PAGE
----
Ah, sweet summer, the time when suntan-seeking tourists flock to the shore; parking is a challenge, and humans have a tendency to bare their skin to seek the sun. Other than the concern of covering up as a precaution against skin cancer, seeing skin isn't usually a concern, especially on and around beaches.
Face it, in the thrilling days of yesteryear, ladies wore long dresses into the surf and gentlemen wore outfits that resembled onesies, all in a bid to remain modest. Fast forward to today when we recently received a message from one "concerned" beachgoer of too much skin being exposed.
Eyes will certainly roll when I discuss this topic, but it seems that a female attired in a thong raised the question of decency in the writer's mind. Having no photograph of the subject of concern, who knows? But it's a matter of taste, whatever that may be.
The person who contacted us noted that there is a decided difference between what is considered acceptable attire in European countries and what is acceptable on Cape May County beaches. It is likely that most of us have viewed other humans that we wish we hadn't seen, at least in bathing suits. What may be quite acceptable north of the U.S. border may furrow eyebrows, down south in Cape May County.
I, for one, would hate to be the person to enforce "dress (or undress) codes" on local beaches. What I find okay would probably cross someone else's line.
Take heart, the problem of seeing too much skin is not confined to the 27 miles of beaches of this county. The Philadelphia Inquirer carried a Washington Post story July 5 about the “problem” of men in China rolling up their shirts to expose naked bellies. According to the story, it's an ancient belief there that baring a man's belly to the sun helps rid the body of bad stuff. At least it’s cheap and you don’t need a prescription.
Who's to say? I consider that the Chinese have been around a few thousand years longer than we have. Maybe they know something we don't. Baring one's beer belly (ugh) isn't something that concerns too many visiting beachgoers, but peering at a female in a thong seems to invoke indignation. Where is truth here?
Take heart. This writer will hide his belly behind (at least) a T-shirt, not wanting to make an onlooker blush or poke an accusing finger at me for being indecent.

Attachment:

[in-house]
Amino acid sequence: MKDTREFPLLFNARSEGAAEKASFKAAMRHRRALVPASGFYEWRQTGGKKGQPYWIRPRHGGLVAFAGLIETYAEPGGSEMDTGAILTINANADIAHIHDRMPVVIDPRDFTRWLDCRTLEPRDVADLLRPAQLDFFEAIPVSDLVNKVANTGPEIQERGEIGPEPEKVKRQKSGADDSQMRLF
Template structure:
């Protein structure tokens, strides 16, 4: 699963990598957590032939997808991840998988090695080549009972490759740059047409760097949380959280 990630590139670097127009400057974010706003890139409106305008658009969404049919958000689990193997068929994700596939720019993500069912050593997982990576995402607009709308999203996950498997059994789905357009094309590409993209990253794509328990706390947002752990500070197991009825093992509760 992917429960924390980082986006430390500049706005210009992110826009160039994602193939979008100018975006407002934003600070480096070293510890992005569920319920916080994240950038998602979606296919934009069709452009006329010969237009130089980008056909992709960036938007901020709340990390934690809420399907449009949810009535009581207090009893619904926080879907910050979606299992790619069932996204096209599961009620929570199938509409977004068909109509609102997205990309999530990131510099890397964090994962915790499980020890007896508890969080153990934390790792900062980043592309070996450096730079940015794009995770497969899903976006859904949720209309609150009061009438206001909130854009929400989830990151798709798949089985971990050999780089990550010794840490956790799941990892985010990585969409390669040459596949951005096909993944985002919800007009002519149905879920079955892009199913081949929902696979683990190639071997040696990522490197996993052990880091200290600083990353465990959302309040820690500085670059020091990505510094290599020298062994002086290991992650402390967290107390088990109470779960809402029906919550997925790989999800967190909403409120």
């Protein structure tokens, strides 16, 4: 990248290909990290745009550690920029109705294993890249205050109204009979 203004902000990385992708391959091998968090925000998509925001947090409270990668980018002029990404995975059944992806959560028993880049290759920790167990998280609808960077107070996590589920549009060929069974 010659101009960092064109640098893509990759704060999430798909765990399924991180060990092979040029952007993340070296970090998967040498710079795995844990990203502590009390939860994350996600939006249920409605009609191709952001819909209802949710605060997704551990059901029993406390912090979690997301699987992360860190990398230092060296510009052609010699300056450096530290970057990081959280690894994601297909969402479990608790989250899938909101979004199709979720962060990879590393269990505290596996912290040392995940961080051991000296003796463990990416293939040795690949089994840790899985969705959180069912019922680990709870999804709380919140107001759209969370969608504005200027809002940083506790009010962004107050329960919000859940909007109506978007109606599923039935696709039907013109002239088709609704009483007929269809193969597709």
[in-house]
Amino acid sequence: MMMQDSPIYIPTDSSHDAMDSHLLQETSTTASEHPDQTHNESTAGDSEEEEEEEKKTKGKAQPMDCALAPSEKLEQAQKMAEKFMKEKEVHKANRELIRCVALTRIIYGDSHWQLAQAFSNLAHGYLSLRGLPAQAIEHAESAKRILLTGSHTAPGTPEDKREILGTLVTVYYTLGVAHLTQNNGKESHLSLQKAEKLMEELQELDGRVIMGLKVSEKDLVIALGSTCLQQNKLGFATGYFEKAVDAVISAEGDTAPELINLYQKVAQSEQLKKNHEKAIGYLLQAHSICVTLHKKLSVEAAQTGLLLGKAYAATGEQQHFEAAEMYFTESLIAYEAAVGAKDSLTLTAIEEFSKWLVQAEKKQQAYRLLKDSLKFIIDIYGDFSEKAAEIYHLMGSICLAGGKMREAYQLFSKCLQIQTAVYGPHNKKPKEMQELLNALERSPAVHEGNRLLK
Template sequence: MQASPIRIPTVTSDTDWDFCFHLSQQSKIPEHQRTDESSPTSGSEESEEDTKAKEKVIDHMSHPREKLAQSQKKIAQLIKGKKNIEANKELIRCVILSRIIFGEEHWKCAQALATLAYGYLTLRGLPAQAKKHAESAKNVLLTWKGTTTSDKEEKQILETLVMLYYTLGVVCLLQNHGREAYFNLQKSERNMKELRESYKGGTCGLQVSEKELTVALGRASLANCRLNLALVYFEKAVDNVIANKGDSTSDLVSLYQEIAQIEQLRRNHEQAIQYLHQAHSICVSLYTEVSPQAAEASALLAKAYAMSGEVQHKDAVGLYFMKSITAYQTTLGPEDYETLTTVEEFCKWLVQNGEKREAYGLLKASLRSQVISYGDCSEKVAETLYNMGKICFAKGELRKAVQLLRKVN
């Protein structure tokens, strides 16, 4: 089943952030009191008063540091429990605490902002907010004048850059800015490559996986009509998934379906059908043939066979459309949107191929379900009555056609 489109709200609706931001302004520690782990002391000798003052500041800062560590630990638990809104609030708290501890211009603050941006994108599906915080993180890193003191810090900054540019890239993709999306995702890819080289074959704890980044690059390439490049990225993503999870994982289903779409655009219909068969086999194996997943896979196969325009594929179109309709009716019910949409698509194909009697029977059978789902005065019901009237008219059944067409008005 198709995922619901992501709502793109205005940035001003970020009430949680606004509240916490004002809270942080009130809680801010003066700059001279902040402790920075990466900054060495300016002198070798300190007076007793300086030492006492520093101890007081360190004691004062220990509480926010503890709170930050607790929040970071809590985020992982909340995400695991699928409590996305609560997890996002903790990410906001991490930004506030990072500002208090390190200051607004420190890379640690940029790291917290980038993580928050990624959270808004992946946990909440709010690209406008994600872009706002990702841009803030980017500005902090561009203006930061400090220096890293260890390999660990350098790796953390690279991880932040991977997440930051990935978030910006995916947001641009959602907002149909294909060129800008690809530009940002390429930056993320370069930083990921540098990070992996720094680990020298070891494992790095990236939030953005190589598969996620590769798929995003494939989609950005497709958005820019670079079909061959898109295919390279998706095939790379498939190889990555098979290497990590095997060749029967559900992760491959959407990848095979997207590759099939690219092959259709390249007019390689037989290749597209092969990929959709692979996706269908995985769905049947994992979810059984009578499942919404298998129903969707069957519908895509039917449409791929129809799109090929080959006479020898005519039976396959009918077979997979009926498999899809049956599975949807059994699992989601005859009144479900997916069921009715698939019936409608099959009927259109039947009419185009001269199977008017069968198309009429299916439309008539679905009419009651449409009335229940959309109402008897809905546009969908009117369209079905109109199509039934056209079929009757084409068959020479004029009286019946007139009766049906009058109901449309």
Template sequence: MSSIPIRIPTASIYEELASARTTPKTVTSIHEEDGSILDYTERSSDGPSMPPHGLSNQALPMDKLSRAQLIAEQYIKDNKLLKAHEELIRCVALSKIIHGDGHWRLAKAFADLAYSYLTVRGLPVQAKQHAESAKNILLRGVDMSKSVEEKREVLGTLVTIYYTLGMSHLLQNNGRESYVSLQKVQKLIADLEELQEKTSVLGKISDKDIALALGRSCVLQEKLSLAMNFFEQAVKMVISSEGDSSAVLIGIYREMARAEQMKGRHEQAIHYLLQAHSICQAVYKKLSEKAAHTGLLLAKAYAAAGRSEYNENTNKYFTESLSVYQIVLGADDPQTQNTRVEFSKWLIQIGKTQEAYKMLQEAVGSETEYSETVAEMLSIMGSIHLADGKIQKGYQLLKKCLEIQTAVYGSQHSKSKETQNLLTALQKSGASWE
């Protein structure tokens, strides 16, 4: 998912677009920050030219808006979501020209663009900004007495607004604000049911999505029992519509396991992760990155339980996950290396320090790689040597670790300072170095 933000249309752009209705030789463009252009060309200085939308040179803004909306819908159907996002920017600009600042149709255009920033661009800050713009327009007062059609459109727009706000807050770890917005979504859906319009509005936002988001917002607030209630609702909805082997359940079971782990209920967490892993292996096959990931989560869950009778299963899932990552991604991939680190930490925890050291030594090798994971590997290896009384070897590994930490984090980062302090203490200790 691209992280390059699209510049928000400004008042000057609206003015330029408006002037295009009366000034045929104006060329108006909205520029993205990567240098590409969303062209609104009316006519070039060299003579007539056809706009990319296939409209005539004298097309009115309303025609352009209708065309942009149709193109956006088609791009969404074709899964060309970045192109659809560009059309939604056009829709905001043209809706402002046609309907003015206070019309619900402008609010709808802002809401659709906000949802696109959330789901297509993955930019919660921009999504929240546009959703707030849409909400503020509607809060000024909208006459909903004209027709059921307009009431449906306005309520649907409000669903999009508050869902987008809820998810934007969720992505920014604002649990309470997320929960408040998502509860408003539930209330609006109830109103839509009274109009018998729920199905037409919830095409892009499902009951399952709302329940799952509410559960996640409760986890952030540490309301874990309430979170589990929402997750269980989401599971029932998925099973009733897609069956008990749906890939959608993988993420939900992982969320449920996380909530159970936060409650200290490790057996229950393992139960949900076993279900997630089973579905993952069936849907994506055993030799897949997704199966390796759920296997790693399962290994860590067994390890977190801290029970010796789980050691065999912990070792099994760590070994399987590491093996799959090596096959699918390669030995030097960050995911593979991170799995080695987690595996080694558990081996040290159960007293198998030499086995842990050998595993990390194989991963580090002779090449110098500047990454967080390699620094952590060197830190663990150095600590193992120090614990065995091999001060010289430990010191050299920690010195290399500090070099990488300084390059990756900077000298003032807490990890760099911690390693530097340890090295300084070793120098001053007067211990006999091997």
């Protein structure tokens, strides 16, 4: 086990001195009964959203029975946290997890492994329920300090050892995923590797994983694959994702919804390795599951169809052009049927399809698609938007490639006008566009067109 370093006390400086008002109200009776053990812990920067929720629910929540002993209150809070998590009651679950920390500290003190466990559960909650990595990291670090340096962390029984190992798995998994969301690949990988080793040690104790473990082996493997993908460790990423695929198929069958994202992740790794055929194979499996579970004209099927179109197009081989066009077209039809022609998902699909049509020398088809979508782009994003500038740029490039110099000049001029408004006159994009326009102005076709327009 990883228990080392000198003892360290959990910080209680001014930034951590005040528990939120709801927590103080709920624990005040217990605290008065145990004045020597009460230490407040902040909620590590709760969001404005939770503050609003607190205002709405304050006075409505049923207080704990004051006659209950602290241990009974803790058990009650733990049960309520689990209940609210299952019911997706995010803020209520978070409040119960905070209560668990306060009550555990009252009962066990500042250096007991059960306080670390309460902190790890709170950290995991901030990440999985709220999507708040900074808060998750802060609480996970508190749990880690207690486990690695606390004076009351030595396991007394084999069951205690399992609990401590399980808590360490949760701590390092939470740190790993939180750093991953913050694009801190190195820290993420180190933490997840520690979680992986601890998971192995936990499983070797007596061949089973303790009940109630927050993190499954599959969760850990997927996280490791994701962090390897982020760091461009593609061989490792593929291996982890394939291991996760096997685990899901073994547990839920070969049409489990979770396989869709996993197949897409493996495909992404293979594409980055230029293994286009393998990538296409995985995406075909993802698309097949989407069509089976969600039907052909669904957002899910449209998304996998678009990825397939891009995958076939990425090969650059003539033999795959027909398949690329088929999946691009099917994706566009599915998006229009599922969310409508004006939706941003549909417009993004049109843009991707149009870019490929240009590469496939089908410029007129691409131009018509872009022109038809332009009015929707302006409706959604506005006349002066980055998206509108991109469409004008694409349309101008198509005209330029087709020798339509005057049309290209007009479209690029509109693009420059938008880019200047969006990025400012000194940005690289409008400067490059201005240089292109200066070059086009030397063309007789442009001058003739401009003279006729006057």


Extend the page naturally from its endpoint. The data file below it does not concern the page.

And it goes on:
To the larger question, who is to say what defines “decent” attire on a public beach? Is a black Speedo on a heavyset male offensive or a skimpy thong on a female?
Remember a few years ago when it was deemed fashionable for young men to sport pants that slipped down about four inches below their waist to show the world their skivvies? To them, such scant coverage of one's nakedness was of no concern, but to older, conservative souls, such a display was downright indecent.
Proving this thong-wearing issue is not new, consider Bill Barlow's story from August 2018 in Ocean City.
"Skimpy bathing suits are part of summer at the shore, but is there a limit to what should be allowed?
"At the July 26 City Council meeting, Councilman Michael DeVlieger said he'd heard complaints from some constituents about thongs on the beach, asking the city ban them from the beach.
"Although he raised the issue, DeVlieger described it as 'Not necessarily my idea,' adding that he felt obligated to bring up issues raised by the public.
“'I’m not saying that we have to debate or discuss it today, but I’m going to put it out on the table,' he said, citing an email he received. 'The individual was offended by thongs on the beach and was asking that we create some sort of legislation to make it more modest. I wrestled with the thought of that. I mean, this is America. Not everybody’s going to agree with everybody else’s taste. But it was asked of me so I’m putting it out there.'”
That proves this "thong-thing" annually raises eyebrows and results in navel-gazing and renews some folks' pondering of the civilization's downward spiral. Keep in mind, not all cover-ups are bad things.